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UN peacekeeper from Spain killed in Lebanon

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UN peacekeeper from Spain killed in Lebanon
Spanish soldiers with the United Nations in Lebanon in an armoured emergency vehicle after picking up the body of Spaniard Francisco Javier Soria Toledo. Photo: Mahmoud Zayyat/AFP
16:14 CET+01:00
Updated: Spain on Wednesday said Israeli fire had killed a Spanish UN peacekeeper serving in south Lebanon, and called on the United Nations to fully investigate the violence.

The Security Council condemned the death of 36-year-old Spanish corporal Francisco Javier Soria Toledo who died from wounds sustained during an exchange of fire between Israeli forces and Hezbollah fighters on the border.

"It is clear that this was because of the escalation of the violence and it came from the Israeli side," Spanish Ambassador Roman Oyarzun told reporters of the death of the soldier from Malaga, the 13th Spanish soldier to die in Lebanon.

Spain asked for a full investigation during an emergency meeting of the council called by France to discuss ways to defuse tensions between Israel and Lebanon.

The violence raised fears of another all-out conflict between the two countries, who fought a month-long war in 2006, in a region already wracked by fighting in Syria and Iraq.

Secretary General Ban Ki-moon called for "maximum calm and restraint," urging all sides to "act responsibly to prevent any escalation in an already tense regional environment," a UN statement said.

Tension in the area has been building, especially after an Israeli air strike on the Syrian sector of the Golan Heights killed six Hezbollah fighters and an Iranian general on January 18th.

"Our objective is to engage toward de-escalation and to prevent further escalation of the situation," French Ambassador Francois Delattre told reporters.

France presented a draft statement to council members but after meeting for over an hour, the council issued a terse condemnation of the peacekeeper's death and made no mention of de-escalation efforts.

Discussions on the council statement were continuing. 

Exchange of fire

The clashes began when Hezbollah fired an anti-tank missile at a military convoy in the Israel-occupied border area, prompting Israel to respond with air and ground strikes.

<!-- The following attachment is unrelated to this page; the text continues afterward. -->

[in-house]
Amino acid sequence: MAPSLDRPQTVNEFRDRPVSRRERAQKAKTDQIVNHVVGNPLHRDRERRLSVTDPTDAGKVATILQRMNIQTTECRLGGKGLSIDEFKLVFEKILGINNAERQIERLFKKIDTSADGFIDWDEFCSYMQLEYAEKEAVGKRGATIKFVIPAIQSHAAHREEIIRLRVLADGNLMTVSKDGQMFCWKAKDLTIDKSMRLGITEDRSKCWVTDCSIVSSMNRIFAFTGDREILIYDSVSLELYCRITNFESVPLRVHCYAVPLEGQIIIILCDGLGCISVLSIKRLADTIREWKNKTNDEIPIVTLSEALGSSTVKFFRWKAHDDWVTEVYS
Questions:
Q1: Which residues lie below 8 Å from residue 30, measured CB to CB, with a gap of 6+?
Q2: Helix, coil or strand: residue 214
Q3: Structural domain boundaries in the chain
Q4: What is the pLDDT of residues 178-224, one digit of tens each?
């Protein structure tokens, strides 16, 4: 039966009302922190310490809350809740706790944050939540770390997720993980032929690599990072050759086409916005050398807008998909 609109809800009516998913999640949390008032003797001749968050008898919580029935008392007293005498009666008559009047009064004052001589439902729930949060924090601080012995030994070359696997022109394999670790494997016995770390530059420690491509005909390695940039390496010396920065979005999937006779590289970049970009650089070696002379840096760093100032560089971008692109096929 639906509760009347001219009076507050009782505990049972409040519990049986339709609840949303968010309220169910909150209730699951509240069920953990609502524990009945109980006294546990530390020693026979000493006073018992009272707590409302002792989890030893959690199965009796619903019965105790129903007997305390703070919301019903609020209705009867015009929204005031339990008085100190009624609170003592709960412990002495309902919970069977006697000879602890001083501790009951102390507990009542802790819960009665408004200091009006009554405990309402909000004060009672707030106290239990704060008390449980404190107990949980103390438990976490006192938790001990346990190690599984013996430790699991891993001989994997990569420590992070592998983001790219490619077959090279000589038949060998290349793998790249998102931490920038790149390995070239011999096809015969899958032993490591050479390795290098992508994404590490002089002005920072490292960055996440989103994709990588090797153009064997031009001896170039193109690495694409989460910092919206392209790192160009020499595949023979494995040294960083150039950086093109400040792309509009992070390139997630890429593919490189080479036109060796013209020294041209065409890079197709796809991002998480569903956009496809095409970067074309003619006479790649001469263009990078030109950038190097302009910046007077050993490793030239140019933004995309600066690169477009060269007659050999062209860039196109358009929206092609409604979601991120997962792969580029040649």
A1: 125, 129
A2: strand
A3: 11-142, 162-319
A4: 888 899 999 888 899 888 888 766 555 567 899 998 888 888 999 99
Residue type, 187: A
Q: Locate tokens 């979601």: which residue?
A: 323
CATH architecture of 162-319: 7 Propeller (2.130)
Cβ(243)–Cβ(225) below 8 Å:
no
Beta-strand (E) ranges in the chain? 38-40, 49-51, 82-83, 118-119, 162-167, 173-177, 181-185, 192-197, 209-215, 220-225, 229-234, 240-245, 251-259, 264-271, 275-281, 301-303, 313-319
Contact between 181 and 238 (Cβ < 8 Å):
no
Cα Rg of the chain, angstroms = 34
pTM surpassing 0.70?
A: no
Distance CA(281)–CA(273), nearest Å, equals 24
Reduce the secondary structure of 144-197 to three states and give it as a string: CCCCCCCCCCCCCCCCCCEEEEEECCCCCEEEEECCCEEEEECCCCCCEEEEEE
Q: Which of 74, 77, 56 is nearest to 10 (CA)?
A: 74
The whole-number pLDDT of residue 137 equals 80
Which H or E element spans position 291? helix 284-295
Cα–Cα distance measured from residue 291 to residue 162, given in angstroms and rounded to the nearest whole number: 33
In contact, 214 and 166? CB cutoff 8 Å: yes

The 36-year-old Spanish corporal serving in the UN interim force Unifil in southern Lebanon was killed in the exchange of fire.

The 10,000-strong Unifil mission said it had observed six rockets fired towards Israel from southern Lebanon and that Israeli forces "returned artillery fire in the same general area."

Senior peacekeeping official Edmond Mulet told council members that the attacks were a "serious violation" of ceasefire agreements and that Unifil had launched an investigation, according to a diplomat present at the council meeting.

Israel's ambassador to the United Nations warned in a letter that Israel was ready to take all necessary measures to defend itself and demanded that the council condemn Hezbollah.

"Israel will not stand by as Hezbollah targets Israelis," wrote Ron Prosor in a letter to the council also sent to Secretary General Ban Ki-moon.

Israel occupied parts of Lebanon for 22 years until 2000 and the two countries are still technically at war.

In 2006, Israel fought a bloody war against Hezbollah that killed more than 1,200 people in Lebanon, mostly civilians, and some 160 Israelis, mostly soldiers.

Spanish Prime Minister Mariano Rajoy expressed on Twitter his "great sadness at the death of a Spanish soldier in Lebanon".

Spain's Defence Minister Pedro Morenes, who was flying to India for a three-day visit when the news came through, cancelled the trip and returned to Spain mid-flight, the defence ministry said.

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